H.B. ends some funding of Poseidon studies

The Huntington Beach City Council took a defiant stance against a major water retailer Monday as Poseidon's controversial desalination project again took center stage.

Until now, the city had opted to pay to be informed about studies conducted in connection with the proposed project.


However, council members voted 5 to 2 to opt out of participating in those studies and to send a letter to the Municipal Water District of Orange County opposing its recent change to its budget structure regarding the desalination plant. Mayor Matthew Harper and Councilman Joe Carchio dissented.

The issue stems from the water retailer's recently amended policy regarding services it provides and how they are funded. Since 2011, MWDOC has allowed member agencies to opt in or out of participating in certain services it provides, including the economic and physical feasibility studies pertaining to the proposed Poseidon desalinated water plant.


Poseidon, a Connecticut-based desalinated water provider, and its desalination projects have been heavily criticized by opponents, who say the company has yet to build a plant that was successful.

Additionally, they argue that the city and county don't need the additional water and that the project would just increase water rates.

Last month, MWDOC decided to move an aspect of the Poseidon project to a mandatory cost structure. It determined that research on the use of delivery pipes owned by the Metropolitan Water District of Southern California was something all of its members should pay for.

MWDOC is a member of the Metropolitan Water District of Southern California and uses some of its pipes to deliver water to MWDOC's members in Orange County.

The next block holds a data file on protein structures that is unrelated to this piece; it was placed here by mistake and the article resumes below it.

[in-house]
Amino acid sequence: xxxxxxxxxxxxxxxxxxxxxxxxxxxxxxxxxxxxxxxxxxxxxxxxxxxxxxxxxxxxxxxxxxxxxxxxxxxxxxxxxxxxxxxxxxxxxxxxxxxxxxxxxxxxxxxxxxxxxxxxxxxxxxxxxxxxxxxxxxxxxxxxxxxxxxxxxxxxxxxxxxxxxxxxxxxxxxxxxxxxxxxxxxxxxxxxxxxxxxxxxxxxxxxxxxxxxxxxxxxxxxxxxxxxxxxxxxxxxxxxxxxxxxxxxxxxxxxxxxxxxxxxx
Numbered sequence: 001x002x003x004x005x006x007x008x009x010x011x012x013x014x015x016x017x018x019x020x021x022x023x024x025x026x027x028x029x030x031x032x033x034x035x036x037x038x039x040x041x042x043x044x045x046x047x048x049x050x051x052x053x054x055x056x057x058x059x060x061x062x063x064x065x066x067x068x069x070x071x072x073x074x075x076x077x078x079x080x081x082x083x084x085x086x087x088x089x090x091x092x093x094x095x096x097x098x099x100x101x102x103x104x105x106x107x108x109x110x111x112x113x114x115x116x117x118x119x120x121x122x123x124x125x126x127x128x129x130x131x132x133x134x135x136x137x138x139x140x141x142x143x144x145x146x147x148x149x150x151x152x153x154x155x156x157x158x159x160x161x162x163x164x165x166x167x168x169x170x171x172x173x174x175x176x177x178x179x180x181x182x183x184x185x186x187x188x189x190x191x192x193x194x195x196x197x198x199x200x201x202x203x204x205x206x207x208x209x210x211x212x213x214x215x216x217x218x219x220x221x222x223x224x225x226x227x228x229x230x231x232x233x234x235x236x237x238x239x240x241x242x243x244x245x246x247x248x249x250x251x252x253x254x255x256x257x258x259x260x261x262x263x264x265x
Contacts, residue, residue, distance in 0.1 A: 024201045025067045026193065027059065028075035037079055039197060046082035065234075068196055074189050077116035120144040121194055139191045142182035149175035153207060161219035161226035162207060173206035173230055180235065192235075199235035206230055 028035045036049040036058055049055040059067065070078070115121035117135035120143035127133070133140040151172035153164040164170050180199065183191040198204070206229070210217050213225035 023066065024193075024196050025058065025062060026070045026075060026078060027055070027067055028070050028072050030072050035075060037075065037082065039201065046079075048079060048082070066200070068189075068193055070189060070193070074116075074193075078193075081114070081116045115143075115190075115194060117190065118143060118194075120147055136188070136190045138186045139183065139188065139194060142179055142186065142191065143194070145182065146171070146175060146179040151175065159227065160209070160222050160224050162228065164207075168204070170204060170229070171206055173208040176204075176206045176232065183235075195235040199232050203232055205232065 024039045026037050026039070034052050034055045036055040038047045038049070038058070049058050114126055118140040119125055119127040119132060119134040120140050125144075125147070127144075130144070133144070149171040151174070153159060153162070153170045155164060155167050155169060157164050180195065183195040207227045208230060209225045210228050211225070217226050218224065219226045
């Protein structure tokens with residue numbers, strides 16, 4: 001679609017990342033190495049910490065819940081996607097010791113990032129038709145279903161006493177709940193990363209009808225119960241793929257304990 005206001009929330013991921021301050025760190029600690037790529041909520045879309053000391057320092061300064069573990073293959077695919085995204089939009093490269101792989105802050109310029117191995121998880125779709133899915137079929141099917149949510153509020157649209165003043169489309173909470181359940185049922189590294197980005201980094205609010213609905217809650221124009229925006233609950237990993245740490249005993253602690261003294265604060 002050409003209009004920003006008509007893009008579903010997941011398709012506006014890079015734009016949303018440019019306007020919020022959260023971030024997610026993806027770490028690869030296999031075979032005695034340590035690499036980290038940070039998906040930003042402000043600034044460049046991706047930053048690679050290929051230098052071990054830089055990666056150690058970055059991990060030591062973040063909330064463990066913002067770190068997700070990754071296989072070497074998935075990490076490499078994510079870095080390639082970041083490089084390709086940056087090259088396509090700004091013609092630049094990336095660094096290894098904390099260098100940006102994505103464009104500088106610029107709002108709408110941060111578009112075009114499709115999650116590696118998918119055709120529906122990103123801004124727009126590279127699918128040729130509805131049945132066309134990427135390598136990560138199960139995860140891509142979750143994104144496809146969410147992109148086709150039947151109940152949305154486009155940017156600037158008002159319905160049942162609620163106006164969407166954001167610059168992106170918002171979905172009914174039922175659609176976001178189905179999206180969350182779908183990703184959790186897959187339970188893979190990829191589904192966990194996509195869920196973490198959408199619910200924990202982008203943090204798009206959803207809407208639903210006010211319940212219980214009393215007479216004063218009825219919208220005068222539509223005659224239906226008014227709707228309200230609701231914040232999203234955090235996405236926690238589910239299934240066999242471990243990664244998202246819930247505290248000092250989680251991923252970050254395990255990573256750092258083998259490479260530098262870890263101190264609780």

MWDOC says that what makes this a "core service" as opposed to a "choice" is the effect that Poseidon and other projects could have on the pipes.

Choice programs give members an option to pay to receive certain services from the district, like water use education and information from project studies, including the Poseidon research. Anything determined to be a "core service" means mandatory payment by member agencies

In reaction to the change, and in an effort to clarify their skepticism about the Poseidon project, some council members said they wanted to opt out of any choice program related to the desalination plant.

MWDOC General Manager Rob Hunter said those choice programs, which would have cost the city $3,000 this year, include the analysis of the joint report on subsurface intakes by the desalination group and a California Coastal Commission.

"My objection to Poseidon is that they have never successfully built a plant," said Councilman Dave Sullivan, who added that the city should not be giving the MWDOC money to study the project. "They have their tinker toy thing down in Carlsbad. I'll discuss changing my position on Poseidon building a desalination plant when they have built the Carlsbad plant and it has operated successfully for four years."

Councilwoman Jill Hardy echoed her colleague's remarks.

"I'll take advantage of any opportunity I have to say one more time [that] I do not support the Poseidon project," she said.

The city will still pay for the core program to study the use of delivery pipes, the cost of which has not yet been determined.